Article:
The raw materials in this article
Andreas Hohenadl, Euro on Sunday
to meAn economy without emissions – this is what Europe should look like in 2050. But the road to this place is bumpy. This was seen this week when the European Parliament wanted to set a course for the “Fit for 55” intermediate goal. Fit for 55 is the name of a comprehensive legislative package to help reduce greenhouse gas emissions by 55 percent by 2030.
Surprisingly, EU MEPs voted against expanding European emissions trading on Wednesday. They have failed to agree on a proposed reform that would extend emissions trading to buildings and transport. Instead, they sent the law back to a subcommittee. The section on the CO2 border tax was also returned. The aim is to impose a specific climate tariff on imports from countries with less stringent climate goals.
The discussions on emissions trading are unlikely to subside any time soon. Especially that another controversial proposal from the European Commission has appeared. The Commission wants to sell CO2 certificates, which are currently parked in the so-called market stability reserve (MSR). He wants to use the proceeds to promote investments, which will help reduce dependence on Russian energy imports.
A plan that is approved by the industry, but also raises a lot of criticism. One argument is that if IAS allowances are pumped to the market it will lower the price of pollution allowances. This reduces the incentive for industry and the energy sector to invest in climate-friendly technologies. Emission trading, introduced in 2005, is intended to serve this purpose.
Since then, companies in the energy and industrial sectors have to produce a certificate for every tonne of CO2 emitted. Companies can sell surplus certificates on the market. Among other things, the MSR introduced in 2019, which removes certificates from the market in the event of exceeding a certain amount in circulation, causes a shortage of supply.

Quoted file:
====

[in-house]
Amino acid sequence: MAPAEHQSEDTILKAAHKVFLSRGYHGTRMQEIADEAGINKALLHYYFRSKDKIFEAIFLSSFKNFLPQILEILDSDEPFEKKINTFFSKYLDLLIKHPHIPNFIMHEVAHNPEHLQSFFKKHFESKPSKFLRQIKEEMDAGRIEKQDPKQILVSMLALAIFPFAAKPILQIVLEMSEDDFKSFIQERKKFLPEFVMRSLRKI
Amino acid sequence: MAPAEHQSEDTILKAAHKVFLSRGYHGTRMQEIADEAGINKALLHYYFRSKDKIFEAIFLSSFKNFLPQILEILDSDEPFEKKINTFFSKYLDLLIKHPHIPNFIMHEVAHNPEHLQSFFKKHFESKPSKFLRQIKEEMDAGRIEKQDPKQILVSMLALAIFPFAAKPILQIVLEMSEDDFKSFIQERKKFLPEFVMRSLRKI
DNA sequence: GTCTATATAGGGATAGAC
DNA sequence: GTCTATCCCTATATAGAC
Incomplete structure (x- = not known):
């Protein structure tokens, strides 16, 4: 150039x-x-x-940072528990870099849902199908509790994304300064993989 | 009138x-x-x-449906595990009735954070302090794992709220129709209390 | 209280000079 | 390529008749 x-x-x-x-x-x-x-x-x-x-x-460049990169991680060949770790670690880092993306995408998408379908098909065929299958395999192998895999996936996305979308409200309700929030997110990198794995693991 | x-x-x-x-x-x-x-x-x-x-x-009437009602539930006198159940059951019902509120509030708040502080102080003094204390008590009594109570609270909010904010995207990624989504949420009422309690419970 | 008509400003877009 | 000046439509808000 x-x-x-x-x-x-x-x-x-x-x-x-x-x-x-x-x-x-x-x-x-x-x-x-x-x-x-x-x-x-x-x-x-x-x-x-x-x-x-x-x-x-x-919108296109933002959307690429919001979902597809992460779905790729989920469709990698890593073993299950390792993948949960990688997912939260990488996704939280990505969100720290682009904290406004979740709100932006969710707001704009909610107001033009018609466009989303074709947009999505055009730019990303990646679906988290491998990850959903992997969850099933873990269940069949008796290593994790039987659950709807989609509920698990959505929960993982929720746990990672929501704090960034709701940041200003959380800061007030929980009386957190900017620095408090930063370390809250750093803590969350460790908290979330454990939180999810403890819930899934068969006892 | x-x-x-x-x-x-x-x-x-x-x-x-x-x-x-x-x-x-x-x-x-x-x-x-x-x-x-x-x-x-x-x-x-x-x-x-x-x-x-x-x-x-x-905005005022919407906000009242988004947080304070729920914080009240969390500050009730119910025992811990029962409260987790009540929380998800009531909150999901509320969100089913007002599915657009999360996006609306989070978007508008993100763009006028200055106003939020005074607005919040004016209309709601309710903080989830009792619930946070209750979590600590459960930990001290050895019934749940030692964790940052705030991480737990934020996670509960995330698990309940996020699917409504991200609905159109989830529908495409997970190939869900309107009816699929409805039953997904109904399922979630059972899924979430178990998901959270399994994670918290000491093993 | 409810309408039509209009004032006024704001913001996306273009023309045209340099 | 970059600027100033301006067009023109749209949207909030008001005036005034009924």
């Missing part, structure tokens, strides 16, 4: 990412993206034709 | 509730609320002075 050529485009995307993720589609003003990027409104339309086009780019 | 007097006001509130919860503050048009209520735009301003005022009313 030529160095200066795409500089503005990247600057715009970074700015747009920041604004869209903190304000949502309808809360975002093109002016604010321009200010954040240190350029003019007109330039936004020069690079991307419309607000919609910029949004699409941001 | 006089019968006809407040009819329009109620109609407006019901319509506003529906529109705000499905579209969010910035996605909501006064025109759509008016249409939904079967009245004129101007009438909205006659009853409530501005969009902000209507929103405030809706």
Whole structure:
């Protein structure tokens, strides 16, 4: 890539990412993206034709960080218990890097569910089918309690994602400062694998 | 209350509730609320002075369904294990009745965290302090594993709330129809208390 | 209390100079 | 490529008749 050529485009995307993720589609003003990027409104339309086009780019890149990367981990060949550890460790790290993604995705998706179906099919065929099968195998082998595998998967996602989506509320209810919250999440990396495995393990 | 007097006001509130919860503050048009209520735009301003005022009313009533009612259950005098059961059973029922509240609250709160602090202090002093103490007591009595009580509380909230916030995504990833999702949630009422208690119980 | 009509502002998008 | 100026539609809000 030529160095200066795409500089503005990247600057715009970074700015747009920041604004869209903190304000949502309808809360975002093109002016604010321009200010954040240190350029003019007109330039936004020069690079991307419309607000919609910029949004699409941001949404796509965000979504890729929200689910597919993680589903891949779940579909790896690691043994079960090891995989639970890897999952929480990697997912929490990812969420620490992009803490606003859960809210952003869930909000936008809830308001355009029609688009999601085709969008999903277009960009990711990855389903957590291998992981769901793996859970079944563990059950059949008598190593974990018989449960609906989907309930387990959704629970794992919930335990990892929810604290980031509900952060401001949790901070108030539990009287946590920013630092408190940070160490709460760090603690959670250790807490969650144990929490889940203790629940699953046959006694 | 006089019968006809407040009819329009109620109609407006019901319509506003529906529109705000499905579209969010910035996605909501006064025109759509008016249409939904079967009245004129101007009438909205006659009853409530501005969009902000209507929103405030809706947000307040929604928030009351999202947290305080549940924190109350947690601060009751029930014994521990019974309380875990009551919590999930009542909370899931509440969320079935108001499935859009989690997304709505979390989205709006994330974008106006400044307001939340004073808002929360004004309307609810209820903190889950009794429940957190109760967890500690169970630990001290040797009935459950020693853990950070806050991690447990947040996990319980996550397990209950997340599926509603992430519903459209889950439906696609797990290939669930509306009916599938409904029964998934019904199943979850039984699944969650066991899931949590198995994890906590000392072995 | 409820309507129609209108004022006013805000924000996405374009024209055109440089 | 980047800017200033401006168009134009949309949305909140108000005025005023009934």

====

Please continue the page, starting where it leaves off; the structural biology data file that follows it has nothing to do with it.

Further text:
Watch out for interference
According to the will of the European Commission, from the securities in the IAS, certificates worth 20 billion euro are to be auctioned off, which corresponds to approx. 250 million securities at today’s prices of around 80 euro. Barbara Lambrecht, an analyst for raw materials at Commerzbank, assesses the effects of such a step – if approved by parliament and member states – as rather moderate in purely quantitative terms. “Certificates are not to be launched ad hoc, but gradually until 2026. And the volume is rather small compared to the 2.6 billion certificates that were in the IAS at the end of 2021 ”.
Rather, according to Lambrecht, it is a concern that such action may open the door to further political interventions in the MSR, which will put pressure on the CO2 price. In the longer term, however, he sees that the quotation of emission allowances in the EU is due to a further shortage of supply.
INFORMATION FOR INVESTORS
After the introduction of the trading system in 2005, the price of CO2 emission allowances in the EU remained low for many years. It is only with the growing shortage of newspapers that quotations have jumped and soared, especially in the past two years. Investors with a permanent index certificate gain 1: 1 on the evolution of the price of emission allowances.
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